Tom Brady returns to practice

FOXBOROUGH, Mass. -- New England Patriots quarterback Tom Brady returned to practice on Thursday, a day after leaving the joint session with the Tampa Bay Buccaneers with a minor left knee injury.

The Patriots wore just shells and helmets for Thursday's walkthrough practice and Brady, who was wearing a brace on the knee, had no limitations. The teams did a lot of situational drills, 7-on-7 and 11-on-11, at half speed against the Bucs. There was no hitting.

"He felt great back there, making all the throws, not hobbling around," offensive lineman Logan Mankins said after the practice. "That's always a good sign."

The session was much less intense and strenuous than Wednesday's full-pads practice during which Brady went to the ground after left tackle Nate Solder was pushed into him after he released a pass. Brady went to the ground and stayed there, briefly holding his knee. He grabbed his leg and left the practice field. After returning briefly to finish the drill, he was ushered off the field as a precaution.

"I didn't let it affect my sleep," Solder said with a laugh. "No, it's part of the game, part of the game."

Brady declined interview requests as he walked off the field following Thursday's practice. He spent some time with his family on the field before departing and shared an embrace with his father, Tom Sr.

Brady plans on playing against the Bucs on Friday night at Gillette Stadium in the team's second preseason game, sources told ESPN.com on Thursday morning.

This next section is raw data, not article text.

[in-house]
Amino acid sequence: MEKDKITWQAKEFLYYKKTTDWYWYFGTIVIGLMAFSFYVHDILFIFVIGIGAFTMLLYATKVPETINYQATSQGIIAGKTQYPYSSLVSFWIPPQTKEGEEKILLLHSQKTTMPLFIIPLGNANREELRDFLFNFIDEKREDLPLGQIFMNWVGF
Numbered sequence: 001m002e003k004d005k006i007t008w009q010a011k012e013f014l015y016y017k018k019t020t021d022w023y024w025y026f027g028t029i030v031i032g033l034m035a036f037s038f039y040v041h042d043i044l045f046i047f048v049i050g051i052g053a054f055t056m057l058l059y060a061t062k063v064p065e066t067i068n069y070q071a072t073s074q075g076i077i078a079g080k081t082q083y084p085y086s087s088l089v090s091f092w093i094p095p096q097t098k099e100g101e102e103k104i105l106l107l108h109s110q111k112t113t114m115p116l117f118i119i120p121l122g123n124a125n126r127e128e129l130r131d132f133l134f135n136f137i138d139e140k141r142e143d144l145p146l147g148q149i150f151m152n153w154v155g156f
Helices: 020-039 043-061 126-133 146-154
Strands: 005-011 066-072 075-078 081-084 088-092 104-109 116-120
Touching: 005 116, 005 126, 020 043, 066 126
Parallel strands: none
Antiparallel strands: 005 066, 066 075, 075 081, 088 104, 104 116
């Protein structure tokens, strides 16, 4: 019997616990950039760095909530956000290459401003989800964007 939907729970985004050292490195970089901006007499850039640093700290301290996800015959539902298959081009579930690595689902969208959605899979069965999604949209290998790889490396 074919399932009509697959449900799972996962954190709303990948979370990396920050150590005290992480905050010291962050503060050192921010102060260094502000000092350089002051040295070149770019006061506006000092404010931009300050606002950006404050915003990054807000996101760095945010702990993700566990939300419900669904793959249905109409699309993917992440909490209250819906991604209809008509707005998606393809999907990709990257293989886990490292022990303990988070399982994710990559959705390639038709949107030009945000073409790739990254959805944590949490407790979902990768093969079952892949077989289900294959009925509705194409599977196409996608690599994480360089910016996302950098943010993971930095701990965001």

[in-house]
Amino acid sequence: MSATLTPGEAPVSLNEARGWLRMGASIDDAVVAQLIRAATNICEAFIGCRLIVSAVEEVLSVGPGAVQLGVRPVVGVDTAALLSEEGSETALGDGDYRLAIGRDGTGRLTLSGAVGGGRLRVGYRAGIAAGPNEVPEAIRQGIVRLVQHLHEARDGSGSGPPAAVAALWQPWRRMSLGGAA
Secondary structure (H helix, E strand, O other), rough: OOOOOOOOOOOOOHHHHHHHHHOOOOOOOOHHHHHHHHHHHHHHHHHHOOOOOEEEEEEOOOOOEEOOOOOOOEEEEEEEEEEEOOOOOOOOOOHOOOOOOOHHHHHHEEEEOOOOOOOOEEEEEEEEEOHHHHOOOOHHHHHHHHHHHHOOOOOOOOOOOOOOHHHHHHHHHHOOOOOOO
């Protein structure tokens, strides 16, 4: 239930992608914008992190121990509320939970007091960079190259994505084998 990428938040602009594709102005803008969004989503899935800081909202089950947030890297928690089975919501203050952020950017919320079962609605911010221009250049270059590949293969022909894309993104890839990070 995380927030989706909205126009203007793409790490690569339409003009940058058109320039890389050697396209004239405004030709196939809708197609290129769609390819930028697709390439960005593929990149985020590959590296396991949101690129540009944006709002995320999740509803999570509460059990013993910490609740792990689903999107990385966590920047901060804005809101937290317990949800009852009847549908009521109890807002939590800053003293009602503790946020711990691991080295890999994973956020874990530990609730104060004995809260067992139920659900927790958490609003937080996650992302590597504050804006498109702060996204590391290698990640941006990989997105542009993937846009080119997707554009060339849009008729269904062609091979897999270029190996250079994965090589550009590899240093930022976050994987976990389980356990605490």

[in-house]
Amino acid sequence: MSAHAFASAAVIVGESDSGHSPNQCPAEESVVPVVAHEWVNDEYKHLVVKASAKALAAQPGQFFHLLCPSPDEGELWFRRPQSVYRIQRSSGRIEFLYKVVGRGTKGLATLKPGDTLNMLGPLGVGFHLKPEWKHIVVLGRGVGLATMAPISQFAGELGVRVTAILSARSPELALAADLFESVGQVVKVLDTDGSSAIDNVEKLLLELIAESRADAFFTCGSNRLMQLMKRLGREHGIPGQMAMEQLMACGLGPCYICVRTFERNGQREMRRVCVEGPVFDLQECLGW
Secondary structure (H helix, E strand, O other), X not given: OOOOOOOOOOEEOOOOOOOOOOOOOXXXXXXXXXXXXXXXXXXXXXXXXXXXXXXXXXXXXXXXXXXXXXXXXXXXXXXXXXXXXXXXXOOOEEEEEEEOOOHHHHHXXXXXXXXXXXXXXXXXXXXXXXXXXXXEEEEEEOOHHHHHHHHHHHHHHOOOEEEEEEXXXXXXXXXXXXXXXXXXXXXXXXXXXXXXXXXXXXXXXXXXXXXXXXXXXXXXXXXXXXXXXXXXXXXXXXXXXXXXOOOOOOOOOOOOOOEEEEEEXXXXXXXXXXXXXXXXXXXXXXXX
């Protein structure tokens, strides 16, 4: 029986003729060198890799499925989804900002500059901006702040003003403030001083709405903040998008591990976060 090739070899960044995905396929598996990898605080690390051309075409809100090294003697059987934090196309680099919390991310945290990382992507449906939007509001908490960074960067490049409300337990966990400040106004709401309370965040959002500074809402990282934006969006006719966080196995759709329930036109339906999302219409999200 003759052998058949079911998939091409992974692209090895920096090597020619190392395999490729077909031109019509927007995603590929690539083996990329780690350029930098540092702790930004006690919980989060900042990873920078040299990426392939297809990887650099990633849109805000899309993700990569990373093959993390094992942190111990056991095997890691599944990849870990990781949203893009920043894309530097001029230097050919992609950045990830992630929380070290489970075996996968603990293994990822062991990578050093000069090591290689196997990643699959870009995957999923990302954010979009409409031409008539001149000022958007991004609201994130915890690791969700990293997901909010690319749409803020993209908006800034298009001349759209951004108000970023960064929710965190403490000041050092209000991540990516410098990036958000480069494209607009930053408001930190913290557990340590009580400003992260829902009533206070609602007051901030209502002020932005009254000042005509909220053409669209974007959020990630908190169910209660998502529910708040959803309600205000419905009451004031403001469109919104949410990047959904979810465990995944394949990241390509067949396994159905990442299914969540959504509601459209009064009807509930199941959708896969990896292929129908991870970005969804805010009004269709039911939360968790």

"With Brady back out there, for us it's a great sign," running back Stevan Ridley said. "It was a scary moment but with Tom, I know he is a competitor. I know he's going to do whatever to get out there. I'm glad they took him out, checked him out and made sure he was good. … My heart is at peace that he is OK and nothing major is going on."

The preliminary diagnosis after an MRI on Brady's knee Wednesday indicated there was no structural damage. Although there have been reports that the knee is sprained, Brady has described symptoms more consistent with a bruise.

"He basically got kicked," a source said. "It isn't like his knee collapsed or somebody rolled up on him. ... Could they decide he shouldn't play in the game? Probably. But they could also decide it's just soreness and he needs to work it out. It's really nothing."

Brady underwent surgery on the same knee to repair a torn ACL after the 2008 season opener when Chiefs safety Bernard Pollard hit the quarterback. Brady was wearing a sleeve over his knee when the latest injury occurred, but not the protective brace that he's worn in games since the 2008 injury.

The teams had agreed beforehand not to hit the quarterbacks, but there were no hard feelings after Wednesday's scare.

"No harm, no foul, he's not hurt, he's not going to miss any time," Mankins said. "So there's no reason to talk about it."